One thing you need to understand about ATOM is that the game is basically a love letter to the early Fallout games and other games in a similar category like Wasteland. And these games that ATOM draws it’s inspiration from have a rich setting that makes for a great survival game. However surviving also turns out to be one of the hardest aspects of the game. You’re dropped into the game with very little by the way of supplies, and you need to find a way to work your way up to getting resources. The game gives you minimal guidance on this, leaving it up to your personal skills on trying to figure out how to get from one day to the next. Getting food, water, medicine, weapons, and money is really difficult. There are some easy to find chests around the first city that contain some minimal basics. And there is a quest in the first town that can get you a gun for free, which is a huge plus. However there isn’t much help beyond that. And while survival being difficult isn’t a bad thing, the lack of direction from the game itself makes it frustrating and confusing at times where you don’t know how to get from point A to point B. So your best bet is to usually just explore and hope you get lucky and find something.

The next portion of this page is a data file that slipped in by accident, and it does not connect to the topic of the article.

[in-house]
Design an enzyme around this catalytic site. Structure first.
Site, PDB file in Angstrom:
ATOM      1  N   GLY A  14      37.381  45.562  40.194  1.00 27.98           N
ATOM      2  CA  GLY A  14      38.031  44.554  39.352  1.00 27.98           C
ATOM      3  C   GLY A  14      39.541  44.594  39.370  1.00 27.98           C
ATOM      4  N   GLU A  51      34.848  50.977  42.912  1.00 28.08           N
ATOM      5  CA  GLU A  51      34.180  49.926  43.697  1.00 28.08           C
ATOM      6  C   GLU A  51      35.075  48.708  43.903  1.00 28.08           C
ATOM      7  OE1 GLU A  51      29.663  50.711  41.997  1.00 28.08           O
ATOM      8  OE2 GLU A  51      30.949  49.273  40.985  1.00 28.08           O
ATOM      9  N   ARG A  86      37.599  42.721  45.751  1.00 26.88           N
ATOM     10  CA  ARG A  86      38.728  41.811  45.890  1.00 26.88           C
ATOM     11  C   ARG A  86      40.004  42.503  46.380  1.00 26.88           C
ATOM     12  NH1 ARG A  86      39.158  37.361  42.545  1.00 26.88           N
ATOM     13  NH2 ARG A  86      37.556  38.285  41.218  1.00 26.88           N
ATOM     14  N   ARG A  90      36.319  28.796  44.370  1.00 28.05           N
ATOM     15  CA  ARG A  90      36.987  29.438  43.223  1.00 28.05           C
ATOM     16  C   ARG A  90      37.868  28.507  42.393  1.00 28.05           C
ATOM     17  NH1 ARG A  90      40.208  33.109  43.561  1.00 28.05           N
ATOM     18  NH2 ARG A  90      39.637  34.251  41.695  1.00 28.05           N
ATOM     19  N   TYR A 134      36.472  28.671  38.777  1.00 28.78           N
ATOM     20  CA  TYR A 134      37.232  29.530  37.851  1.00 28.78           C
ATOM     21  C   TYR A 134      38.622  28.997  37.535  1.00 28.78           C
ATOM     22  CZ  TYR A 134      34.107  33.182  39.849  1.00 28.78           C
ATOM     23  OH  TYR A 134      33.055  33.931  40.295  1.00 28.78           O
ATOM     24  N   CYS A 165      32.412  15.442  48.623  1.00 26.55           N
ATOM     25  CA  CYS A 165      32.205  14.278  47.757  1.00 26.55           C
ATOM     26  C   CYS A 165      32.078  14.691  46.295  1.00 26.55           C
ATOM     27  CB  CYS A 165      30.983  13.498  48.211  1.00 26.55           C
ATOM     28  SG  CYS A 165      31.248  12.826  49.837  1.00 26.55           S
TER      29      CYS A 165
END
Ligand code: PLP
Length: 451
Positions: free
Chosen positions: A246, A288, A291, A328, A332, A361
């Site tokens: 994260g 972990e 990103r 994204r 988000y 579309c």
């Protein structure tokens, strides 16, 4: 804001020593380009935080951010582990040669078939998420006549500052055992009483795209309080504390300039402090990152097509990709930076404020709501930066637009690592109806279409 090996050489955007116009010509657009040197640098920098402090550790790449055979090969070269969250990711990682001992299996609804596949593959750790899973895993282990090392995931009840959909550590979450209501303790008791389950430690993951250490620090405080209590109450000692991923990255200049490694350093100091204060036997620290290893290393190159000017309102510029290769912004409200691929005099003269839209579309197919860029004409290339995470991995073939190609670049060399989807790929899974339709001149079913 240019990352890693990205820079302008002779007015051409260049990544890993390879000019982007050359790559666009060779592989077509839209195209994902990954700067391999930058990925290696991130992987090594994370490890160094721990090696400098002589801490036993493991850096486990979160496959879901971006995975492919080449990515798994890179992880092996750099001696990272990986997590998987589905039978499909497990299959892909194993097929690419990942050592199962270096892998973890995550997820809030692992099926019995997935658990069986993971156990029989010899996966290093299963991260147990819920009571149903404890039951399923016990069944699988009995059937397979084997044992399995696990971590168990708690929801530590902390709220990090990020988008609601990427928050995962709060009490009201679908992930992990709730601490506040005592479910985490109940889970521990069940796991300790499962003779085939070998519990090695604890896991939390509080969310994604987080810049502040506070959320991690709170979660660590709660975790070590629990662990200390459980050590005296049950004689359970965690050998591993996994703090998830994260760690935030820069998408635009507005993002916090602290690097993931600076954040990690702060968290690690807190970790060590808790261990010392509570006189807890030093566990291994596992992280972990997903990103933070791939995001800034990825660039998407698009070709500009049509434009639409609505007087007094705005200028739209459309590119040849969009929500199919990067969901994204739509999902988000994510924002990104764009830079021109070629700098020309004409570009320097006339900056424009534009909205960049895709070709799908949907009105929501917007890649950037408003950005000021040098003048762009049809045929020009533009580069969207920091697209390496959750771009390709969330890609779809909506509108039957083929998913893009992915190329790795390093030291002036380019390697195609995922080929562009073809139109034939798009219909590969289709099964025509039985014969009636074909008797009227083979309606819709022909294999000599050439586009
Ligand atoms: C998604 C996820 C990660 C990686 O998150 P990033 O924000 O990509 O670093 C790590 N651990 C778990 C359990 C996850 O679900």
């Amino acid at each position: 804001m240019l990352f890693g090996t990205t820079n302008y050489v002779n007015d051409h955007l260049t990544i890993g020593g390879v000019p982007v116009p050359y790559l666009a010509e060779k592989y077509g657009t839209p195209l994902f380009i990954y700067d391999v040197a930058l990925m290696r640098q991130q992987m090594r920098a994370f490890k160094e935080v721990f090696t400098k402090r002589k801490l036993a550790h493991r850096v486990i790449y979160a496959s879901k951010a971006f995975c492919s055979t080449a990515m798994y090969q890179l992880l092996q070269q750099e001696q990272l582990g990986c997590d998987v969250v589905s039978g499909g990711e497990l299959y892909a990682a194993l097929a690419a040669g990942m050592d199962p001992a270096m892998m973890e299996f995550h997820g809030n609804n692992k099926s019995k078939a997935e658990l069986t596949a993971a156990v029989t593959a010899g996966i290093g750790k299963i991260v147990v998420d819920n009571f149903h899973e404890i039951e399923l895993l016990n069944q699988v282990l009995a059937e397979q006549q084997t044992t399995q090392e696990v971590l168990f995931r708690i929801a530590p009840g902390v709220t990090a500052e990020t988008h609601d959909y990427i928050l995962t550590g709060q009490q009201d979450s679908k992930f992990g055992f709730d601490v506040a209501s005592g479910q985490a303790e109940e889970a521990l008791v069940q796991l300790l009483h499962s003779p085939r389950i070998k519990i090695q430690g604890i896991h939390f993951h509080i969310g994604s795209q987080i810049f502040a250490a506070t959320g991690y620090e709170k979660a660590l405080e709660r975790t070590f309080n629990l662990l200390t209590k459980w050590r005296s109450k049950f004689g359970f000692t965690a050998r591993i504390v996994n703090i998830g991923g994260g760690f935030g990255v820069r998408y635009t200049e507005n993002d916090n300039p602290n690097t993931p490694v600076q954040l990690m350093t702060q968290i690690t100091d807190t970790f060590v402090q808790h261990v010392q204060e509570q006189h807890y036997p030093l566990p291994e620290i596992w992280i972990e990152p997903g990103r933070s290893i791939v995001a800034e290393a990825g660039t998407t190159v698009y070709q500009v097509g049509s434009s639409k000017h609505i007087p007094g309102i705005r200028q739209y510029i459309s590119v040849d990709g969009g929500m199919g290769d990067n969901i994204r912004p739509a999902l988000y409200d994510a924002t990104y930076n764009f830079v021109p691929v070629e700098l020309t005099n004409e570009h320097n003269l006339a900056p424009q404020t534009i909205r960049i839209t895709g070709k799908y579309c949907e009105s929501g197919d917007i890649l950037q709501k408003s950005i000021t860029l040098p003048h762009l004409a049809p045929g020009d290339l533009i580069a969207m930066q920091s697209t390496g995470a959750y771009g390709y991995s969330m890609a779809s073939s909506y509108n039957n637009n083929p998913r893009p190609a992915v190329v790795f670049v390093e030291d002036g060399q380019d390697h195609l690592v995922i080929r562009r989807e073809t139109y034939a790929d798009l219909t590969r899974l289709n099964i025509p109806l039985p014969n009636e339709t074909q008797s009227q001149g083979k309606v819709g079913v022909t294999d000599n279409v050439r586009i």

With the setting and need to gather resources, exploring is a big draw of the game. And ATOM makes exploring really fun and difficult. Once you’ve explored the main city you’re able to go to the main map and walk around and go to different areas. Some spots will have loot for you to find, and others might bring you face to face with random enemies. Combat becomes a big thing when exploring, and while the combat system is relatively simplistic it was also easy to grasp and enjoyable. The downside of Exploration is that, unless you’re lucky and are able to handle yourself in a fight, you’re going to be running away a lot. Early on in the game, I was ill equipped to deal with most of the enemies around me. This probably has a lot to do with how I built my character and didn’t properly manage my resources, but if I ever was unlucky and wound up in a fight where my enemy had a firearm I was basically dead on the spot. At one point in the game, I took a quest to explore an old building and upon my exit was met with a fight that was statistically unwinnable for me. I had explored to the point where I was stuck in a corner doing one of the first quests the game gives you and was unable to progress no matter how I managed the dialogue trees. Maybe it was just some bad luck on my part, but frankly once that happened I lost a lot of motivation to keep playing the demo that I had been previously enjoying.